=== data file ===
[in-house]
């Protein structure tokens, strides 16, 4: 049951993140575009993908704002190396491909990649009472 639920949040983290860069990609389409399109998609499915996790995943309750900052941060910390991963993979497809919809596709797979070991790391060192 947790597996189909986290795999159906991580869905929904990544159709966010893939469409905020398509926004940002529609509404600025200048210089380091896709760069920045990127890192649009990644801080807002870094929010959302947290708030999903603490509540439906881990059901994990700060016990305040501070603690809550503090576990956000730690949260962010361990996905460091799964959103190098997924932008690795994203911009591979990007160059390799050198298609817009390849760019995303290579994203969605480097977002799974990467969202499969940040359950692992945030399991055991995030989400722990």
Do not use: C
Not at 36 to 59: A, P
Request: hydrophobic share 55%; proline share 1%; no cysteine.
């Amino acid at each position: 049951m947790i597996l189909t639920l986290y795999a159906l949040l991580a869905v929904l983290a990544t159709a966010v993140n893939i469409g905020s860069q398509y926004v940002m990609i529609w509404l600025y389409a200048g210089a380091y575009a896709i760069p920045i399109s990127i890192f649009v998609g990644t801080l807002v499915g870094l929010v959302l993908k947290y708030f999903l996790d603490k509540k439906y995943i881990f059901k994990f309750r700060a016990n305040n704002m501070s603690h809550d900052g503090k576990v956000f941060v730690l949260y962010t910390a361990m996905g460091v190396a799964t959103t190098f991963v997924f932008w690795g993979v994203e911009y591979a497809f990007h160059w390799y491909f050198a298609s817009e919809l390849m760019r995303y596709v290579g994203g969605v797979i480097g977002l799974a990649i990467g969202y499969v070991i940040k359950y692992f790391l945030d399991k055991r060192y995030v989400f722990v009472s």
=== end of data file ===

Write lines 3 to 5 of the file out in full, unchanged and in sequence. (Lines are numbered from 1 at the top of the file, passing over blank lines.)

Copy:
Do not use: C
Not at 36 to 59: A, P
Request: hydrophobic share 55%; proline share 1%; no cysteine.